Rep. John B. Anderson of Illinois, chairman of the Republican Conference, said yesterday the House should adopt a rule preventing members from sending tapes of their floor speeches home to local media.

During the last Congress the House began radio coverage of its proceedings. The House-operated coverage is to be made available to radio reporters on request, but Speaker Thomas P. (Tip) O'Neill Jr. (D-Mass.) also allowed members to order recordings of their own speeches for distribution to media in their home districts.

That "not only distorts floor proceedings by encouraging more members to speak, but could raise the charge that the broadcast system was being used as another incumbent-protection device at taxpayers' expense," Anderson said.

He said this problem could soon get worse, as the House also begins televising its proceedings under a House-controlled system.

"Broadcast coverage should be made directly available to the media on request but should not be permitted to be duplicated and spoon-fed to the media by individual members," Anderson said.

Anderson's complaint was one of many leveled yesterday as Republican leaders criticized House Democrats' proposed rules changes.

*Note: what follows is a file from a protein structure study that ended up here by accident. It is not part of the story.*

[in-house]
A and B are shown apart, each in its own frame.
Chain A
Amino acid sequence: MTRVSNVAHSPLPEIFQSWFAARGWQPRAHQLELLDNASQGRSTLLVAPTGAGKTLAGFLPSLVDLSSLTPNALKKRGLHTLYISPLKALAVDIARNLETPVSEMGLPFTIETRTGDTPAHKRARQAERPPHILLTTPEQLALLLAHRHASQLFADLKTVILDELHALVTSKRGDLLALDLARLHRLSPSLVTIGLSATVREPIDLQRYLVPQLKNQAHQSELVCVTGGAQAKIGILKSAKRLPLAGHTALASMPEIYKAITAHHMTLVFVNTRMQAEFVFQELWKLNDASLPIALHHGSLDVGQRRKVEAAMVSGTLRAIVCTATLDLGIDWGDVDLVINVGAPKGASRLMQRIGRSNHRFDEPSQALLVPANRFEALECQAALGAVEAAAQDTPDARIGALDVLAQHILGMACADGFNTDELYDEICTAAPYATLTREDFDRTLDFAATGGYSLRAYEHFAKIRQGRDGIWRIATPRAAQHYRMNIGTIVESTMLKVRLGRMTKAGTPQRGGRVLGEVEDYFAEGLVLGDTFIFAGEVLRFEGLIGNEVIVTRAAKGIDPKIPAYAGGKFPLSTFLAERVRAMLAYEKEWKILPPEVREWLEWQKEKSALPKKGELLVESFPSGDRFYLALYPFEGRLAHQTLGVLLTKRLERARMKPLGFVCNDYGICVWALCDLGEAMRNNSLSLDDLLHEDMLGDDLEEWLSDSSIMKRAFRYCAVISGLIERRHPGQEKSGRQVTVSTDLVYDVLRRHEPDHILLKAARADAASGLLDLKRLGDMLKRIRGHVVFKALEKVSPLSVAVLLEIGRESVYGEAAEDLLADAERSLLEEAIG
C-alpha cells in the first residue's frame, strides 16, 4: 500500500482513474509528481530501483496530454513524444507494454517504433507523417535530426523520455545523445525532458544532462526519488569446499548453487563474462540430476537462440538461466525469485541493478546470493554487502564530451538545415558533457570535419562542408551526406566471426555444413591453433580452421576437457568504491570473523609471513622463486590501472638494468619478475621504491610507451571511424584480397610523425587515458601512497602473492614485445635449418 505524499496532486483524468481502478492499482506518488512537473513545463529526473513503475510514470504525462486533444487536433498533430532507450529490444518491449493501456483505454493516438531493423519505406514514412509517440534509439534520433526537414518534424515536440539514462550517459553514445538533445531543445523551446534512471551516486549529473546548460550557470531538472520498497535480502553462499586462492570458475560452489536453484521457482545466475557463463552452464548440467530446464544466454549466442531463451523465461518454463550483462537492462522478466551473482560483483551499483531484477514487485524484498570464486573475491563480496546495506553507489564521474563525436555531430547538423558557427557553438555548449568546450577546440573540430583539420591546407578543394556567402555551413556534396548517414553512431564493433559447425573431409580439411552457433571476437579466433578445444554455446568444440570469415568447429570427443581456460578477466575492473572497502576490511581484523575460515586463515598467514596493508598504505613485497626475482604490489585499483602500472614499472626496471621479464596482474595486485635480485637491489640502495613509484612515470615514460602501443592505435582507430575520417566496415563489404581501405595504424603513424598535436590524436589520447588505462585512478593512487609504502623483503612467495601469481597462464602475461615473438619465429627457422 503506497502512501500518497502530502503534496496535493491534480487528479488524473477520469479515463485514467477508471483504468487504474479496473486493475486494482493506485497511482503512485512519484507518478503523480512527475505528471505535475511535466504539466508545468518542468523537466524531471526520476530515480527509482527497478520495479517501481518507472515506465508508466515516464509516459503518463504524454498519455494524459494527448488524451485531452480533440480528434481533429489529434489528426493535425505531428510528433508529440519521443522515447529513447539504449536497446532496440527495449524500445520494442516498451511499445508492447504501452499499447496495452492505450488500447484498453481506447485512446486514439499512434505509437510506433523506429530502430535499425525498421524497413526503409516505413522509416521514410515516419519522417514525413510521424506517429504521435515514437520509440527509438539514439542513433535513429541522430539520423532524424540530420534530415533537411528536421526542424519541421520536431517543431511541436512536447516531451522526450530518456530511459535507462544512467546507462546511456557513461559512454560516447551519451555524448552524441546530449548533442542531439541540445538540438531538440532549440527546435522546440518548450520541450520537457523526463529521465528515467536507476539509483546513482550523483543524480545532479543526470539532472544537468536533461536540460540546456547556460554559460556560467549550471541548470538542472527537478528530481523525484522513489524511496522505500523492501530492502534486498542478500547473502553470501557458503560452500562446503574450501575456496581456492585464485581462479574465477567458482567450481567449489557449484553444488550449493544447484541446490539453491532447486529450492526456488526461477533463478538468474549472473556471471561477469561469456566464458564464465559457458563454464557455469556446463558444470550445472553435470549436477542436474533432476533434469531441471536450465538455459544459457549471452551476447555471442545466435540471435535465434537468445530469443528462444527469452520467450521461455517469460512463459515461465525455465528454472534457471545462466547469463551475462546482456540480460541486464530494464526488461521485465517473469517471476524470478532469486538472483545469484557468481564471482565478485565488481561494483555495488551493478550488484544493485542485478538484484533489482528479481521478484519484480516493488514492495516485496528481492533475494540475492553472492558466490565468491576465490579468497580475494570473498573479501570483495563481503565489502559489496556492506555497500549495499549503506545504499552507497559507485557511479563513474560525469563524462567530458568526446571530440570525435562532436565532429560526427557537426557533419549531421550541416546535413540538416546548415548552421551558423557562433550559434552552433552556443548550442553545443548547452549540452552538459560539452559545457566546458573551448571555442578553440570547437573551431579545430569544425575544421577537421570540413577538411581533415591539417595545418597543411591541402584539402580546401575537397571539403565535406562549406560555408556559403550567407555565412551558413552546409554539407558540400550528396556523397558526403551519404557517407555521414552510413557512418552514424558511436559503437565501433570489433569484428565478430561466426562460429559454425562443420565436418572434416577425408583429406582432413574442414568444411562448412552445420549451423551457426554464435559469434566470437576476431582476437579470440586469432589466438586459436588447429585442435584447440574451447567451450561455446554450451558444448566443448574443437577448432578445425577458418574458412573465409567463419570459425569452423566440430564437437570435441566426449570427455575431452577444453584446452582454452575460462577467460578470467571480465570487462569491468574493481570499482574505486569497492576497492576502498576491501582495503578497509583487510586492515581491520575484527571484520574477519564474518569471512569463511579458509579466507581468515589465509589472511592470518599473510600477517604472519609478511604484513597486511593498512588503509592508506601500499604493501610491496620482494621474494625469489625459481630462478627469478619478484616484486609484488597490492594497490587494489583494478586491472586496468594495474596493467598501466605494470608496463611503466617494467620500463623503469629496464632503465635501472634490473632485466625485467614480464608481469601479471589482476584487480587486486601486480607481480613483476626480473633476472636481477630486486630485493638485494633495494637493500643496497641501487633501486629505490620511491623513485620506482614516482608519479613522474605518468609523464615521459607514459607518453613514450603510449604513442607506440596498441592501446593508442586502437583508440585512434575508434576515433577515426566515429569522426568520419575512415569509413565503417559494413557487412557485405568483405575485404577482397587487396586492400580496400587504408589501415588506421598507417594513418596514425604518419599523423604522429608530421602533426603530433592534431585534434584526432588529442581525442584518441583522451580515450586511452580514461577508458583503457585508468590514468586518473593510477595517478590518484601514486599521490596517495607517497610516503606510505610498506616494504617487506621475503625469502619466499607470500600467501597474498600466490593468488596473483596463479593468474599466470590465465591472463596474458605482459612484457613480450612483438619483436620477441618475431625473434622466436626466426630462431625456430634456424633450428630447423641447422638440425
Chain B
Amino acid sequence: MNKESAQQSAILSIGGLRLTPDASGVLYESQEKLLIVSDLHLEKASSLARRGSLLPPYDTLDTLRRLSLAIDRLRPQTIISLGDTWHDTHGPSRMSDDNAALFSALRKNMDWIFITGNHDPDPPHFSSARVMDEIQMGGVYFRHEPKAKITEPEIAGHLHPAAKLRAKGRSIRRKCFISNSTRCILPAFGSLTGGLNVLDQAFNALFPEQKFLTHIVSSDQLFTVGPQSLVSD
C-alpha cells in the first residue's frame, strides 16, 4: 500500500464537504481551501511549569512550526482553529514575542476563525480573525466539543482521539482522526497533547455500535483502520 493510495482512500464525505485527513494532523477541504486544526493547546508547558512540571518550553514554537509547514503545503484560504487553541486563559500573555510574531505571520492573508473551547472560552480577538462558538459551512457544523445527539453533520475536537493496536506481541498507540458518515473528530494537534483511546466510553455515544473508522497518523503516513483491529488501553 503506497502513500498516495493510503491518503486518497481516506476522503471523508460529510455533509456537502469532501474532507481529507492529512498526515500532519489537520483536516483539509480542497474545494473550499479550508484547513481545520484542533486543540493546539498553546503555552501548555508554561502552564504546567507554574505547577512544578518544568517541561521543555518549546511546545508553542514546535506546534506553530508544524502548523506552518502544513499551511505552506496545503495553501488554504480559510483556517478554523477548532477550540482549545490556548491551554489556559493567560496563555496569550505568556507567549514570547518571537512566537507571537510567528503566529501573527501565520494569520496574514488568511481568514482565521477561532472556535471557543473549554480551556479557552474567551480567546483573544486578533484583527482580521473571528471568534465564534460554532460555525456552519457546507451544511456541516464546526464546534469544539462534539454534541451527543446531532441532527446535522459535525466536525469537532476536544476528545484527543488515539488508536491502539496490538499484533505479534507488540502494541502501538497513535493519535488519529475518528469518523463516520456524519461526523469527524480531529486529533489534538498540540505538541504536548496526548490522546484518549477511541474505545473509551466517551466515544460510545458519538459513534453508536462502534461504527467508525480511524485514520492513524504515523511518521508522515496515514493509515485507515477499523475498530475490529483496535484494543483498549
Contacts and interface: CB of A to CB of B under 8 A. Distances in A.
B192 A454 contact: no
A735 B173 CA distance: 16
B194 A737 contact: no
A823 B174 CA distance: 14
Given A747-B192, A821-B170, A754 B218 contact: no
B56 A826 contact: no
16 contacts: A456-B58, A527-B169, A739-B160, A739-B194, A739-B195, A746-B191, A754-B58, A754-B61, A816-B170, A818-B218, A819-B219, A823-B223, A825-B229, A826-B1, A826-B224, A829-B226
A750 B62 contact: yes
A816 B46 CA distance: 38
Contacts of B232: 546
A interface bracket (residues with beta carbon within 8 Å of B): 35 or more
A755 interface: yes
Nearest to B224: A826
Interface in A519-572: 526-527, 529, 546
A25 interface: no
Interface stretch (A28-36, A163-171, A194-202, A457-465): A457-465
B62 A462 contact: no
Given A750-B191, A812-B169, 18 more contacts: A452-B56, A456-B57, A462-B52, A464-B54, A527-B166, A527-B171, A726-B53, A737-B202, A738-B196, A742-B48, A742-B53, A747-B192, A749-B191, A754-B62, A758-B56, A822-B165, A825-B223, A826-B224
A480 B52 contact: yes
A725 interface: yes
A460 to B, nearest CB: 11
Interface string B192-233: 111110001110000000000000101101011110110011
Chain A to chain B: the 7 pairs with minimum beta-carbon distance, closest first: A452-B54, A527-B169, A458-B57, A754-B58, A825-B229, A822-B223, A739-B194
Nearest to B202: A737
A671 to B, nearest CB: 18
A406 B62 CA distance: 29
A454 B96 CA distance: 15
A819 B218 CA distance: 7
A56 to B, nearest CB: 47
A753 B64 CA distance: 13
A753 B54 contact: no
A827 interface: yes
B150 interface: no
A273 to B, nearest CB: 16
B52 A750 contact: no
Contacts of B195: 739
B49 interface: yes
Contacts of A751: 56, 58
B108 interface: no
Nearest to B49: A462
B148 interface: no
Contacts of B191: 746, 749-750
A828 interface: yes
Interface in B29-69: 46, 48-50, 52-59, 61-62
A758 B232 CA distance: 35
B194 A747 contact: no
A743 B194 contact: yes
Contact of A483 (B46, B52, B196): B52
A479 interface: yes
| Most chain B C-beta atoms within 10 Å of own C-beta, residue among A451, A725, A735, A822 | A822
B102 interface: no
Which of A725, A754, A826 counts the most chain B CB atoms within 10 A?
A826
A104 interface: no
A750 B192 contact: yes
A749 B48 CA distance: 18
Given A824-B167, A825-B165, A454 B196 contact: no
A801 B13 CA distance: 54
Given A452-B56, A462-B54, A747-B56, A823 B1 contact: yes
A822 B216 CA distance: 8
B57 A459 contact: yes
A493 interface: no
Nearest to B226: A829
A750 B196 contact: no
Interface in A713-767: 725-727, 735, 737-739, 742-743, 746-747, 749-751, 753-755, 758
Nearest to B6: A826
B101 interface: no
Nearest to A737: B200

Minority Leader John J. Rhodes of Arizona charged that the rules would "give the majority leadership near dictatorial powers" over the order of business, virtually destroy meaningful debate, and prevent Republicans from offering cuts to spending totals.

Republicans made suggestions of their own for rules changes, but the proposals are not expected to be approved by the Democratic-controlled House. The Democrats will offer their changes as a package without allowing amendments when the new Congress opens on Monday.

Rhodes and Anderson complained about rules changes Democrats agreed on in a December caucus.

Rhodes called "most dangerous" a change that would forbid amendments to alter the total in a budget resolution. This would prevent consideration of the kind of across-the-board cuts that Republicans almost succeeded in getting adopted last year -- unspecifically demanding a lower spending figure for the budget as a whole. Rhodes said preventing these total cuts "subverts the whole budget process."

Republicans also objected to the power the Democrats gave the speaker to defer and cluster votes on bills. Anderson said it will allow House members to spend Mondays and Fridays out of town while bills are being debated. It would "encourage absenteeism" and "permit manipulation and abuse of the timing of the votes," Anderson said.

Rhodes said Republicans are "formally calling for an oversight Congress," reviewing already adopted programs and regulations, as opposed to a Congress that passes new laws and programs.

He called for a rule making oversight by committees mandatory, for passage of so-called "sunset" legislation, and for a one-house congressional veto of agency and department rules and regulations.